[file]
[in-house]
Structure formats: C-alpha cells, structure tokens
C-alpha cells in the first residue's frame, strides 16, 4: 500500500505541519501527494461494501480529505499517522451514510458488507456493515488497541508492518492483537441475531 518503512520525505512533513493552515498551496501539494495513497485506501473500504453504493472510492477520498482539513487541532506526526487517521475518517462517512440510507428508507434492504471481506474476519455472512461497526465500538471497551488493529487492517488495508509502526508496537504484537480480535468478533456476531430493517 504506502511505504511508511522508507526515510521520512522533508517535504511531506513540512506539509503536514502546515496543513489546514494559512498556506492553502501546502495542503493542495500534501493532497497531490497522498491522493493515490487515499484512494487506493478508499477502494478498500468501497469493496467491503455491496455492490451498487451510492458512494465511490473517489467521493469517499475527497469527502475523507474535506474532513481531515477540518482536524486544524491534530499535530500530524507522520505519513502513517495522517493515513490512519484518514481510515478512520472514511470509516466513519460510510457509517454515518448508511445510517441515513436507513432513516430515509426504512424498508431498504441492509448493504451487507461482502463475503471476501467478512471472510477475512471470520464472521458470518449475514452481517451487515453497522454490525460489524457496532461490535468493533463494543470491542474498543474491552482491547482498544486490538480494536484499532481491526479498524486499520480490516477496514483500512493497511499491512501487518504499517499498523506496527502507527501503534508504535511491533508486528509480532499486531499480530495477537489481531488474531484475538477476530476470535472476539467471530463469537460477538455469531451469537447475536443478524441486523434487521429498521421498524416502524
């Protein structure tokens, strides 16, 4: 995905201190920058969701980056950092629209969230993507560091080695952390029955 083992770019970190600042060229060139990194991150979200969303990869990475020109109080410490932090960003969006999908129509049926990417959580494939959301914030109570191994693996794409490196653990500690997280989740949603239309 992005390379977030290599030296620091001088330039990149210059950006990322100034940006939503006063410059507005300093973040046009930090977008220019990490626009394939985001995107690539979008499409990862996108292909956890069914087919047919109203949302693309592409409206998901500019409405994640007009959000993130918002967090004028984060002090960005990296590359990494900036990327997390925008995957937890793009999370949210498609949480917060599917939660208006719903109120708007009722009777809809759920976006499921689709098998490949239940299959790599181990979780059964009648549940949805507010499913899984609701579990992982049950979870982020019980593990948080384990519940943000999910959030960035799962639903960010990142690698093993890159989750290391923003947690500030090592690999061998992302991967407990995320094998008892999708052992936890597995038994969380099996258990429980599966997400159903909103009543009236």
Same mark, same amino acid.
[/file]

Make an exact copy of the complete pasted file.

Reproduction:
[in-house]
Structure formats: C-alpha cells, structure tokens
C-alpha cells in the first residue's frame, strides 16, 4: 500500500505541519501527494461494501480529505499517522451514510458488507456493515488497541508492518492483537441475531 518503512520525505512533513493552515498551496501539494495513497485506501473500504453504493472510492477520498482539513487541532506526526487517521475518517462517512440510507428508507434492504471481506474476519455472512461497526465500538471497551488493529487492517488495508509502526508496537504484537480480535468478533456476531430493517 504506502511505504511508511522508507526515510521520512522533508517535504511531506513540512506539509503536514502546515496543513489546514494559512498556506492553502501546502495542503493542495500534501493532497497531490497522498491522493493515490487515499484512494487506493478508499477502494478498500468501497469493496467491503455491496455492490451498487451510492458512494465511490473517489467521493469517499475527497469527502475523507474535506474532513481531515477540518482536524486544524491534530499535530500530524507522520505519513502513517495522517493515513490512519484518514481510515478512520472514511470509516466513519460510510457509517454515518448508511445510517441515513436507513432513516430515509426504512424498508431498504441492509448493504451487507461482502463475503471476501467478512471472510477475512471470520464472521458470518449475514452481517451487515453497522454490525460489524457496532461490535468493533463494543470491542474498543474491552482491547482498544486490538480494536484499532481491526479498524486499520480490516477496514483500512493497511499491512501487518504499517499498523506496527502507527501503534508504535511491533508486528509480532499486531499480530495477537489481531488474531484475538477476530476470535472476539467471530463469537460477538455469531451469537447475536443478524441486523434487521429498521421498524416502524
């Protein structure tokens, strides 16, 4: 995905201190920058969701980056950092629209969230993507560091080695952390029955 083992770019970190600042060229060139990194991150979200969303990869990475020109109080410490932090960003969006999908129509049926990417959580494939959301914030109570191994693996794409490196653990500690997280989740949603239309 992005390379977030290599030296620091001088330039990149210059950006990322100034940006939503006063410059507005300093973040046009930090977008220019990490626009394939985001995107690539979008499409990862996108292909956890069914087919047919109203949302693309592409409206998901500019409405994640007009959000993130918002967090004028984060002090960005990296590359990494900036990327997390925008995957937890793009999370949210498609949480917060599917939660208006719903109120708007009722009777809809759920976006499921689709098998490949239940299959790599181990979780059964009648549940949805507010499913899984609701579990992982049950979870982020019980593990948080384990519940943000999910959030960035799962639903960010990142690698093993890159989750290391923003947690500030090592690999061998992302991967407990995320094998008892999708052992936890597995038994969380099996258990429980599966997400159903909103009543009236």
Same mark, same amino acid.